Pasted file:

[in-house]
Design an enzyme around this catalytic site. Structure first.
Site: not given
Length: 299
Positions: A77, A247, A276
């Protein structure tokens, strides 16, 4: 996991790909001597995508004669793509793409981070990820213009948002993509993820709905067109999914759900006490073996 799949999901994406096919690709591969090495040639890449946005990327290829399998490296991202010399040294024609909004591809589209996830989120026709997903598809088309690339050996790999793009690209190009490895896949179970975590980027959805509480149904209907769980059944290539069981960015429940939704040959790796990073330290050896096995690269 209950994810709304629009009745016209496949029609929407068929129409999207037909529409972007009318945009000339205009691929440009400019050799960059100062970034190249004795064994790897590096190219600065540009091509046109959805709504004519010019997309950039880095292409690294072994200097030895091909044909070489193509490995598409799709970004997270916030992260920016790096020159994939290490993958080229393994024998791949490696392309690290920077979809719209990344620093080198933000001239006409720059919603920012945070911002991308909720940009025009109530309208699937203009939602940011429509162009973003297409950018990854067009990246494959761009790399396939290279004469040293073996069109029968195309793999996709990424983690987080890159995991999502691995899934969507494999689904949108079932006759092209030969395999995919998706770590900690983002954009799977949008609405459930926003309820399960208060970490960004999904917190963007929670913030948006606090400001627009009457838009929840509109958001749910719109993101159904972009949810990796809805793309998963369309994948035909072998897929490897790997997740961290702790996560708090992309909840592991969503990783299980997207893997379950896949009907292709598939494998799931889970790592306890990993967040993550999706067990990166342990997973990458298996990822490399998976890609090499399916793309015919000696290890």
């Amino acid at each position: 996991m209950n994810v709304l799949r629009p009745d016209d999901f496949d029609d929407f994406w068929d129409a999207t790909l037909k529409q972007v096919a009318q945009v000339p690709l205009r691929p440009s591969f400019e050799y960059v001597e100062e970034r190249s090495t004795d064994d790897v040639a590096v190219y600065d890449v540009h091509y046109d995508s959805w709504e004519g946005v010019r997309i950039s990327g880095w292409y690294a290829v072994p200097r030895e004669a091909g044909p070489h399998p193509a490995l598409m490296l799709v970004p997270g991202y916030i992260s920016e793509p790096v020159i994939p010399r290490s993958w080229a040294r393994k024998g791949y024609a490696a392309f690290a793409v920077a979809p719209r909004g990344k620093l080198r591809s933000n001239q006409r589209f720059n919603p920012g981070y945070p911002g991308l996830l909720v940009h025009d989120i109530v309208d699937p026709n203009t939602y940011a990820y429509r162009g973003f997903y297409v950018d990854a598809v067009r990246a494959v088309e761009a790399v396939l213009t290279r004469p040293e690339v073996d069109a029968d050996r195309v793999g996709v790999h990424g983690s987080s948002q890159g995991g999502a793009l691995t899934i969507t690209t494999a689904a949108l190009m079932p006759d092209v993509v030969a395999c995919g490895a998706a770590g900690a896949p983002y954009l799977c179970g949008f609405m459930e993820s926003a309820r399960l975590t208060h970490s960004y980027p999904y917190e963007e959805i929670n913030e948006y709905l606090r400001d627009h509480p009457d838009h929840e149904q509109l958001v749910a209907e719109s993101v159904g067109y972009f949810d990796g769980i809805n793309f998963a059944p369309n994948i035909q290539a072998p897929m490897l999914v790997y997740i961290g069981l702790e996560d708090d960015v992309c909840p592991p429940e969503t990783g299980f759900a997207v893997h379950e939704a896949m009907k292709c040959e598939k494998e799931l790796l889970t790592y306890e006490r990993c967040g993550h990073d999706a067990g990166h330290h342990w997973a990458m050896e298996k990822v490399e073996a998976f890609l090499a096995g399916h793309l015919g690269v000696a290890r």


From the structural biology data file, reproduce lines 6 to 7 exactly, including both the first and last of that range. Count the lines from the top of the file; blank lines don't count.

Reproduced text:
């Protein structure tokens, strides 16, 4: 996991790909001597995508004669793509793409981070990820213009948002993509993820709905067109999914759900006490073996 799949999901994406096919690709591969090495040639890449946005990327290829399998490296991202010399040294024609909004591809589209996830989120026709997903598809088309690339050996790999793009690209190009490895896949179970975590980027959805509480149904209907769980059944290539069981960015429940939704040959790796990073330290050896096995690269 209950994810709304629009009745016209496949029609929407068929129409999207037909529409972007009318945009000339205009691929440009400019050799960059100062970034190249004795064994790897590096190219600065540009091509046109959805709504004519010019997309950039880095292409690294072994200097030895091909044909070489193509490995598409799709970004997270916030992260920016790096020159994939290490993958080229393994024998791949490696392309690290920077979809719209990344620093080198933000001239006409720059919603920012945070911002991308909720940009025009109530309208699937203009939602940011429509162009973003297409950018990854067009990246494959761009790399396939290279004469040293073996069109029968195309793999996709990424983690987080890159995991999502691995899934969507494999689904949108079932006759092209030969395999995919998706770590900690983002954009799977949008609405459930926003309820399960208060970490960004999904917190963007929670913030948006606090400001627009009457838009929840509109958001749910719109993101159904972009949810990796809805793309998963369309994948035909072998897929490897790997997740961290702790996560708090992309909840592991969503990783299980997207893997379950896949009907292709598939494998799931889970790592306890990993967040993550999706067990990166342990997973990458298996990822490399998976890609090499399916793309015919000696290890």
């Amino acid at each position: 996991m209950n994810v709304l799949r629009p009745d016209d999901f496949d029609d929407f994406w068929d129409a999207t790909l037909k529409q972007v096919a009318q945009v000339p690709l205009r691929p440009s591969f400019e050799y960059v001597e100062e970034r190249s090495t004795d064994d790897v040639a590096v190219y600065d890449v540009h091509y046109d995508s959805w709504e004519g946005v010019r997309i950039s990327g880095w292409y690294a290829v072994p200097r030895e004669a091909g044909p070489h399998p193509a490995l598409m490296l799709v970004p997270g991202y916030i992260s920016e793509p790096v020159i994939p010399r290490s993958w080229a040294r393994k024998g791949y024609a490696a392309f690290a793409v920077a979809p719209r909004g990344k620093l080198r591809s933000n001239q006409r589209f720059n919603p920012g981070y945070p911002g991308l996830l909720v940009h025009d989120i109530v309208d699937p026709n203009t939602y940011a990820y429509r162009g973003f997903y297409v950018d990854a598809v067009r990246a494959v088309e761009a790399v396939l213009t290279r004469p040293e690339v073996d069109a029968d050996r195309v793999g996709v790999h990424g983690s987080s948002q890159g995991g999502a793009l691995t899934i969507t690209t494999a689904a949108l190009m079932p006759d092209v993509v030969a395999c995919g490895a998706a770590g900690a896949p983002y954009l799977c179970g949008f609405m459930e993820s926003a309820r399960l975590t208060h970490s960004y980027p999904y917190e963007e959805i929670n913030e948006y709905l606090r400001d627009h509480p009457d838009h929840e149904q509109l958001v749910a209907e719109s993101v159904g067109y972009f949810d990796g769980i809805n793309f998963a059944p369309n994948i035909q290539a072998p897929m490897l999914v790997y997740i961290g069981l702790e996560d708090d960015v992309c909840p592991p429940e969503t990783g299980f759900a997207v893997h379950e939704a896949m009907k292709c040959e598939k494998e799931l790796l889970t790592y306890e006490r990993c967040g993550h990073d999706a067990g990166h330290h342990w997973a990458m050896e298996k990822v490399e073996a998976f890609l090499a096995g399916h793309l015919g690269v000696a290890r």